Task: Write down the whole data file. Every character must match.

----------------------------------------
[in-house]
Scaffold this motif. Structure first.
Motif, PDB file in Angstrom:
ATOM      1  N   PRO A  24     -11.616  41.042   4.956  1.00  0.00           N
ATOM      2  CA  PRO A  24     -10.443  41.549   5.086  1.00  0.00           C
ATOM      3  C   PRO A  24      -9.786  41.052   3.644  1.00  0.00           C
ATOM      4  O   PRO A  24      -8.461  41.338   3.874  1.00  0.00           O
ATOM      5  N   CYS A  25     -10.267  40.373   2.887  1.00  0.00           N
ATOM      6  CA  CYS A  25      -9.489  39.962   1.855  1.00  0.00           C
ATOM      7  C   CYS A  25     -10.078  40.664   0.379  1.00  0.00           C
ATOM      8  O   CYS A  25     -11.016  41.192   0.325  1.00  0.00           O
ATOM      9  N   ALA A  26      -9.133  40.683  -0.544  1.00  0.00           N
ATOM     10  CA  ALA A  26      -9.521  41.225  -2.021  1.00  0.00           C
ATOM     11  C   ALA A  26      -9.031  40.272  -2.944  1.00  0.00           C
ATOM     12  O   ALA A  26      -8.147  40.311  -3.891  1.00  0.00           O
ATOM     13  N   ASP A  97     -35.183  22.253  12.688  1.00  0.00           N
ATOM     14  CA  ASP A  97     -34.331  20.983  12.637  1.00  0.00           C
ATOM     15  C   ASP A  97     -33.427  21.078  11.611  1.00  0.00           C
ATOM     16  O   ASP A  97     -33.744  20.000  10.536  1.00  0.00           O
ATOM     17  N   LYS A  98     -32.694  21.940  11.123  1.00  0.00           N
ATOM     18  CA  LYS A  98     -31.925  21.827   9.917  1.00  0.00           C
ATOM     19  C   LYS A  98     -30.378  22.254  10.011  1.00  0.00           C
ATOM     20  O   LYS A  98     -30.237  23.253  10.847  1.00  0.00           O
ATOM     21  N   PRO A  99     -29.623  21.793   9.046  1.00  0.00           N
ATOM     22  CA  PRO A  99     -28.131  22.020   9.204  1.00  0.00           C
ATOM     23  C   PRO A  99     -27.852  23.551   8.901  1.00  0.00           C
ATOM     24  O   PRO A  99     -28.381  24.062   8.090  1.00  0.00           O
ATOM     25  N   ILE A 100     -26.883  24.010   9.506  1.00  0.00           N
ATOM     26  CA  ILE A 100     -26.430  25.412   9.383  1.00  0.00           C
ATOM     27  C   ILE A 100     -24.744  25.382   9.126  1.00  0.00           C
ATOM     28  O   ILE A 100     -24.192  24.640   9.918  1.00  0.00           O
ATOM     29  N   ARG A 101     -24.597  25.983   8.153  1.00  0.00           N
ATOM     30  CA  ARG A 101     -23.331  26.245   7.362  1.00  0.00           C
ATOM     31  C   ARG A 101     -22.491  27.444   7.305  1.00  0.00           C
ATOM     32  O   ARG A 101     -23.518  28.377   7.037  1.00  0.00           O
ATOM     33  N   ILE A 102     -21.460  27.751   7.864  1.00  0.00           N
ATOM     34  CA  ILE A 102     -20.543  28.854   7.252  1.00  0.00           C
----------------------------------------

[in-house]
Scaffold this motif. Structure first.
Motif, PDB file in Angstrom:
ATOM      1  N   PRO A  24     -11.616  41.042   4.956  1.00  0.00           N
ATOM      2  CA  PRO A  24     -10.443  41.549   5.086  1.00  0.00           C
ATOM      3  C   PRO A  24      -9.786  41.052   3.644  1.00  0.00           C
ATOM      4  O   PRO A  24      -8.461  41.338   3.874  1.00  0.00           O
ATOM      5  N   CYS A  25     -10.267  40.373   2.887  1.00  0.00           N
ATOM      6  CA  CYS A  25      -9.489  39.962   1.855  1.00  0.00           C
ATOM      7  C   CYS A  25     -10.078  40.664   0.379  1.00  0.00           C
ATOM      8  O   CYS A  25     -11.016  41.192   0.325  1.00  0.00           O
ATOM      9  N   ALA A  26      -9.133  40.683  -0.544  1.00  0.00           N
ATOM     10  CA  ALA A  26      -9.521  41.225  -2.021  1.00  0.00           C
ATOM     11  C   ALA A  26      -9.031  40.272  -2.944  1.00  0.00           C
ATOM     12  O   ALA A  26      -8.147  40.311  -3.891  1.00  0.00           O
ATOM     13  N   ASP A  97     -35.183  22.253  12.688  1.00  0.00           N
ATOM     14  CA  ASP A  97     -34.331  20.983  12.637  1.00  0.00           C
ATOM     15  C   ASP A  97     -33.427  21.078  11.611  1.00  0.00           C
ATOM     16  O   ASP A  97     -33.744  20.000  10.536  1.00  0.00           O
ATOM     17  N   LYS A  98     -32.694  21.940  11.123  1.00  0.00           N
ATOM     18  CA  LYS A  98     -31.925  21.827   9.917  1.00  0.00           C
ATOM     19  C   LYS A  98     -30.378  22.254  10.011  1.00  0.00           C
ATOM     20  O   LYS A  98     -30.237  23.253  10.847  1.00  0.00           O
ATOM     21  N   PRO A  99     -29.623  21.793   9.046  1.00  0.00           N
ATOM     22  CA  PRO A  99     -28.131  22.020   9.204  1.00  0.00           C
ATOM     23  C   PRO A  99     -27.852  23.551   8.901  1.00  0.00           C
ATOM     24  O   PRO A  99     -28.381  24.062   8.090  1.00  0.00           O
ATOM     25  N   ILE A 100     -26.883  24.010   9.506  1.00  0.00           N
ATOM     26  CA  ILE A 100     -26.430  25.412   9.383  1.00  0.00           C
ATOM     27  C   ILE A 100     -24.744  25.382   9.126  1.00  0.00           C
ATOM     28  O   ILE A 100     -24.192  24.640   9.918  1.00  0.00           O
ATOM     29  N   ARG A 101     -24.597  25.983   8.153  1.00  0.00           N
ATOM     30  CA  ARG A 101     -23.331  26.245   7.362  1.00  0.00           C
ATOM     31  C   ARG A 101     -22.491  27.444   7.305  1.00  0.00           C
ATOM     32  O   ARG A 101     -23.518  28.377   7.037  1.00  0.00           O
ATOM     33  N   ILE A 102     -21.460  27.751   7.864  1.00  0.00           N
ATOM     34  CA  ILE A 102     -20.543  28.854   7.252  1.00  0.00           C